As a small business owner, there's always something to spend money on. This is ESPECIALLY true when you're just starting out. I remember the feeling well -- having a list two pages long of things I wanted to invest in to help me grow my business.

I always tell new photographers that the two most important things to invest your money in when starting out are your website and your lenses. Your website is your first impression and the face of your business. And your lenses are a long-term investment. Camera bodies are like computers -- you'll need an upgrade every year or two. But lenses, when chosen wisely and taken care of, can last you a career.

A few weeks back, I started a series on my blog highlighting the various lenses I use on a wedding day. I shared their strengths, what I love about them, and when, during a wedding day, I pull them out of my bag. I also shared example images along with camera settings. Click below to see the posts in this series so far:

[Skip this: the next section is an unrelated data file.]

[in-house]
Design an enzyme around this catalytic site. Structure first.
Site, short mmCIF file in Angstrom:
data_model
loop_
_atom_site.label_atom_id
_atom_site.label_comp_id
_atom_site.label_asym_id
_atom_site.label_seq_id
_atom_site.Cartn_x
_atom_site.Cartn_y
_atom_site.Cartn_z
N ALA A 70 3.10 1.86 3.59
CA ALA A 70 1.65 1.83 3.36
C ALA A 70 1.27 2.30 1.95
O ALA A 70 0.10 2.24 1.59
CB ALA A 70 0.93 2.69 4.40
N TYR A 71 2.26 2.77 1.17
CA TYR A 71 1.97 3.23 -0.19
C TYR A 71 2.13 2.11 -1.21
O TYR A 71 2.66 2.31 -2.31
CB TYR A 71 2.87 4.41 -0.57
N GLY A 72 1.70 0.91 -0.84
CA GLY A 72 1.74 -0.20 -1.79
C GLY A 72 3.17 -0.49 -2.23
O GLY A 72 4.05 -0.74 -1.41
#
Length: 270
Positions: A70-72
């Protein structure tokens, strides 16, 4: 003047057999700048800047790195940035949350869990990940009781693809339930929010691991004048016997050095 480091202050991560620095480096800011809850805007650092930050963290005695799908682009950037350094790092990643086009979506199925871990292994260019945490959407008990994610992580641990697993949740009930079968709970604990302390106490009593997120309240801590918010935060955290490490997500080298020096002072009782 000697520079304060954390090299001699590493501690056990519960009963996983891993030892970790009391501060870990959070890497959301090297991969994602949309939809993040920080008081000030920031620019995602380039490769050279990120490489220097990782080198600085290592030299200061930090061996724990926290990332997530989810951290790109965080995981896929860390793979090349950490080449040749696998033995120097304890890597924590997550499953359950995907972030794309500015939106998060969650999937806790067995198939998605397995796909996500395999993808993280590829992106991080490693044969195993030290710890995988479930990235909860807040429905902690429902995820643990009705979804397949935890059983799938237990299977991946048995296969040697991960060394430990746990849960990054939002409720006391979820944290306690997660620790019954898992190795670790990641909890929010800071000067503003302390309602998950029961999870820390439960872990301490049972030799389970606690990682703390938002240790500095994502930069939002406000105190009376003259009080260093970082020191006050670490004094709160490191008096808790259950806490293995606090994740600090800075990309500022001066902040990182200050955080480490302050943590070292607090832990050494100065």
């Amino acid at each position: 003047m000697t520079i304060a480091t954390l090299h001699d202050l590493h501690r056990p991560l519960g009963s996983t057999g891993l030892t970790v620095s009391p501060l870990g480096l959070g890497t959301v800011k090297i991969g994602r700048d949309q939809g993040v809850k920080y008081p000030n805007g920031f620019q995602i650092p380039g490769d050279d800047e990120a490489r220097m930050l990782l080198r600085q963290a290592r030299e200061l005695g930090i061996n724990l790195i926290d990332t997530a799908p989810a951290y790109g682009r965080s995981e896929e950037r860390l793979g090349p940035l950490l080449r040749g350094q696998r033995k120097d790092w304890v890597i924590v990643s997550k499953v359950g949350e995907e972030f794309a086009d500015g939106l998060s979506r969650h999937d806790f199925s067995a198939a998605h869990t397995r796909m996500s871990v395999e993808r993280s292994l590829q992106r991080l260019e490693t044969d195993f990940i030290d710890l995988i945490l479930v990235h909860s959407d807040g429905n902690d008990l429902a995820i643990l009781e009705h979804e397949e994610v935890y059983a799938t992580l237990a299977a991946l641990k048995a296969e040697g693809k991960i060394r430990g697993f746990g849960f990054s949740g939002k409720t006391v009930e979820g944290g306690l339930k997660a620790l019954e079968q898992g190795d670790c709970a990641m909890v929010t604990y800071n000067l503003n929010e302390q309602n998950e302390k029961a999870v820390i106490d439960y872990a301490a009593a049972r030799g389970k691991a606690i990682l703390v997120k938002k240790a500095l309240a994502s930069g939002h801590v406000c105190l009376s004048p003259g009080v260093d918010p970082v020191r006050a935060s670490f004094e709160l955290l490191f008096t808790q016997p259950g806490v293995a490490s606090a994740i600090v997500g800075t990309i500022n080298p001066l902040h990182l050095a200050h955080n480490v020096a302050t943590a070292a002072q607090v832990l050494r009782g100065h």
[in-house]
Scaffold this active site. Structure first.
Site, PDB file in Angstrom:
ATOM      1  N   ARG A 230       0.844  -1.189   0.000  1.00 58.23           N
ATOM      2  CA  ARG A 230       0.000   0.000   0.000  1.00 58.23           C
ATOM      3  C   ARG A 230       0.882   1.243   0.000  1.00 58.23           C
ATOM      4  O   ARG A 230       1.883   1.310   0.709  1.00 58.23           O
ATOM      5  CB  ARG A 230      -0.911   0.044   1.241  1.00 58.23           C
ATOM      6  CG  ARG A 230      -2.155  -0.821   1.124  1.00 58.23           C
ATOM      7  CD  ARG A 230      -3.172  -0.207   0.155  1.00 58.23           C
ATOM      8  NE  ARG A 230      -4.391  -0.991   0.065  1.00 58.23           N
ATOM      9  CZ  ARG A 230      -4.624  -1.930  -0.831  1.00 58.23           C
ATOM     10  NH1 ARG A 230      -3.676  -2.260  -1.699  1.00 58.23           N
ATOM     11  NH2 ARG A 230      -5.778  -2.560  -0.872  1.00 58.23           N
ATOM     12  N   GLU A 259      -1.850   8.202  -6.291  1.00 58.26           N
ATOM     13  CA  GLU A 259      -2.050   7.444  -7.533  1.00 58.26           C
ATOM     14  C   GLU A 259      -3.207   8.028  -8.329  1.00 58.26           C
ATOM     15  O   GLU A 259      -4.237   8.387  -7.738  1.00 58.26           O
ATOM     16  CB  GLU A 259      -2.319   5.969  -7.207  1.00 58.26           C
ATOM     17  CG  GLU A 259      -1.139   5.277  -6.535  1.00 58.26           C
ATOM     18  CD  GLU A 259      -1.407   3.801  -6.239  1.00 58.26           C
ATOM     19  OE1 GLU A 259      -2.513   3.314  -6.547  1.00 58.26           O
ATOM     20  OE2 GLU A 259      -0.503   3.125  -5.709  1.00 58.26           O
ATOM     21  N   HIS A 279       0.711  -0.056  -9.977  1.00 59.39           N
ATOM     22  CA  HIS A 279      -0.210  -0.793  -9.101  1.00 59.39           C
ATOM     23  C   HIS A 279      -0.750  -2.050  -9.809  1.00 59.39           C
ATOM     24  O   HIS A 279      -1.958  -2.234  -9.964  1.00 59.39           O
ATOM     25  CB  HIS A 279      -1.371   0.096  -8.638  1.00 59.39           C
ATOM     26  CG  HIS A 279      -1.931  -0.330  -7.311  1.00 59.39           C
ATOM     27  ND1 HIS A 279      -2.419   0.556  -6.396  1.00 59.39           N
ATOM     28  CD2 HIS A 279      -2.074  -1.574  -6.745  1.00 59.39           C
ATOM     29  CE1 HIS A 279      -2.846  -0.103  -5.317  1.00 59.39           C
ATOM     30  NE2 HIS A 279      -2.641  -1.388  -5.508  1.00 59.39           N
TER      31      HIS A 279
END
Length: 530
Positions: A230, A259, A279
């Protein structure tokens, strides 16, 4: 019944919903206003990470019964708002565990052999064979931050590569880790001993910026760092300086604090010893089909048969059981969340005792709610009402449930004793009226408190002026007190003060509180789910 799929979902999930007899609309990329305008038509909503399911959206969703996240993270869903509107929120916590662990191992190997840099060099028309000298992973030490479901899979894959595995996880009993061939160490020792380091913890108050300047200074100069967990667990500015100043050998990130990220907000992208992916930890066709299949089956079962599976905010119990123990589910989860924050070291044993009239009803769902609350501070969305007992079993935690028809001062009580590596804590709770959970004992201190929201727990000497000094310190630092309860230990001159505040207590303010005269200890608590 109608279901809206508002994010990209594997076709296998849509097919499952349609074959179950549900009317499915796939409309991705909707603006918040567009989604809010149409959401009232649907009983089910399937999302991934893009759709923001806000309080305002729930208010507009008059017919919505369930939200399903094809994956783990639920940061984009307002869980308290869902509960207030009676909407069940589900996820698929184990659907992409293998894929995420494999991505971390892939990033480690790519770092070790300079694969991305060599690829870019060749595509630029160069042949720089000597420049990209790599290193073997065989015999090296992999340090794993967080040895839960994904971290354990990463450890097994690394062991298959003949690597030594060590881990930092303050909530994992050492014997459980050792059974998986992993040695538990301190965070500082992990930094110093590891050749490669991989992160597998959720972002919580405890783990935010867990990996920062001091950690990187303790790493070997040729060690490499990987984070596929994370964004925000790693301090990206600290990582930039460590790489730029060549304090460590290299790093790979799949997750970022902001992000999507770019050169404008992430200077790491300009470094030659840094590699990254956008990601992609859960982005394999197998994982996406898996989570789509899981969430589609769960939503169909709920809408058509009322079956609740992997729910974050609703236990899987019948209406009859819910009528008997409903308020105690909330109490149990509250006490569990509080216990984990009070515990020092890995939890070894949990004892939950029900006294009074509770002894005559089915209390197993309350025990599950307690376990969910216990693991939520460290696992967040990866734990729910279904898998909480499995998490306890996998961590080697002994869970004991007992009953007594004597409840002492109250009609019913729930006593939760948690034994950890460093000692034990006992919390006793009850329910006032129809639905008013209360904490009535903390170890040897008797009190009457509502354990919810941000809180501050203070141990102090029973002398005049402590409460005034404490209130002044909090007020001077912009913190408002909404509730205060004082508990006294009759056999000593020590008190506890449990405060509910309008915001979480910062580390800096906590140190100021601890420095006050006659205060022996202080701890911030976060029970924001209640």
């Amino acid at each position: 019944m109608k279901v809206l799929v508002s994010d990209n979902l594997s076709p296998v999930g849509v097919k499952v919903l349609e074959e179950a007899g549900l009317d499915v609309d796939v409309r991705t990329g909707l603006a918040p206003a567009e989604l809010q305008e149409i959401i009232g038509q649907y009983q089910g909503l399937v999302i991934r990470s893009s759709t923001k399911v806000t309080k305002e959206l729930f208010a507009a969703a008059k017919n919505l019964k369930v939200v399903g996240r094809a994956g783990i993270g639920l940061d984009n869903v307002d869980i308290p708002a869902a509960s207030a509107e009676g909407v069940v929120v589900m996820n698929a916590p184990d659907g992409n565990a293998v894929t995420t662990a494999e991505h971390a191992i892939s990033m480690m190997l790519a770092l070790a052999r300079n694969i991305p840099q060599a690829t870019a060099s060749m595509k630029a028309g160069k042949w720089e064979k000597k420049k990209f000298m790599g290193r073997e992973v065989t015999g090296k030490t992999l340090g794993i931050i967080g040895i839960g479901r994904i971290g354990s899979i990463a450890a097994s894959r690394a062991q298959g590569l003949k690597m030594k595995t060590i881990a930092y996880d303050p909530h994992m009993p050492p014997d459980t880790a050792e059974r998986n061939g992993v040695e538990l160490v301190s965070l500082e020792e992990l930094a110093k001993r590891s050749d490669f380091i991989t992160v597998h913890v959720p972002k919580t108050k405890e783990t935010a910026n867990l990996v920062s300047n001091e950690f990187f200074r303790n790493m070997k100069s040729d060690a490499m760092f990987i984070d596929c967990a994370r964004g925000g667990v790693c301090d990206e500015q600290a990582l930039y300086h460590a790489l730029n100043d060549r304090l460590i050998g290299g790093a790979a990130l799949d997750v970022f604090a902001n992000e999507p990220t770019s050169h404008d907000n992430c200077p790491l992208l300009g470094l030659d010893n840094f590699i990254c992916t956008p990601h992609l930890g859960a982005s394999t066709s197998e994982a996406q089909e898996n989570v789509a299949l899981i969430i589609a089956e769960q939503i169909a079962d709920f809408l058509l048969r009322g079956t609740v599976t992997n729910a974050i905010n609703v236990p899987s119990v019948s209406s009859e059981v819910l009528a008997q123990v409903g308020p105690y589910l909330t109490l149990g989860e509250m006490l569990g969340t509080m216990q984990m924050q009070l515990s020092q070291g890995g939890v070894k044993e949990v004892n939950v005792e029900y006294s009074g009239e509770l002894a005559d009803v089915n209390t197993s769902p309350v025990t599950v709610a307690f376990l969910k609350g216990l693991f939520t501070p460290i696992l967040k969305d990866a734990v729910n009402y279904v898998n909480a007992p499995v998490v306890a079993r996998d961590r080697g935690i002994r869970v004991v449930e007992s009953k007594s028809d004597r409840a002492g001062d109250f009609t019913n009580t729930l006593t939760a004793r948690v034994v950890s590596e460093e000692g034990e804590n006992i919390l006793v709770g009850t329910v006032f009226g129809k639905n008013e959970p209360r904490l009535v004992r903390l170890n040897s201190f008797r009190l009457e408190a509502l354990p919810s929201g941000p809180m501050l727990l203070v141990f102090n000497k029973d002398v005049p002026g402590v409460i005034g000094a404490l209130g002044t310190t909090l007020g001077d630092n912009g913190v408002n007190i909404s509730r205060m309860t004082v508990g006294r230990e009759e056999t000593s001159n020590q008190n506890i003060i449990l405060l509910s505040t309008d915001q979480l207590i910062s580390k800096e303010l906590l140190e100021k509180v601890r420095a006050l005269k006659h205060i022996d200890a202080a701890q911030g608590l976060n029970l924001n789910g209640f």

Canon 50mm 1.2
Canon 70-200mm 2.8 IS
Canon 24mm 1.4

I said at the beginning of this series that it would be short. And just as you thought I was getting started...I'm already wrapping up. That's right. This is the end. Three lenses. That's all I use to shoot weddings.

I like to keep things simple. Just like with most things in life (clothes, accessories, daily meals) I don't like too many choices. I'm able to function more decisively and efficiently with a small number of options. But that doesn't mean I want to sacrifice any opportunity that equipment affords to stretch creativity. I just want to DO IT ALL with the least amount of equipment.

Most Canon shooters would ask me why I don't have a 24-70mm 2.8. After all, it's often the first lens a pro photographer buys. It's versatile.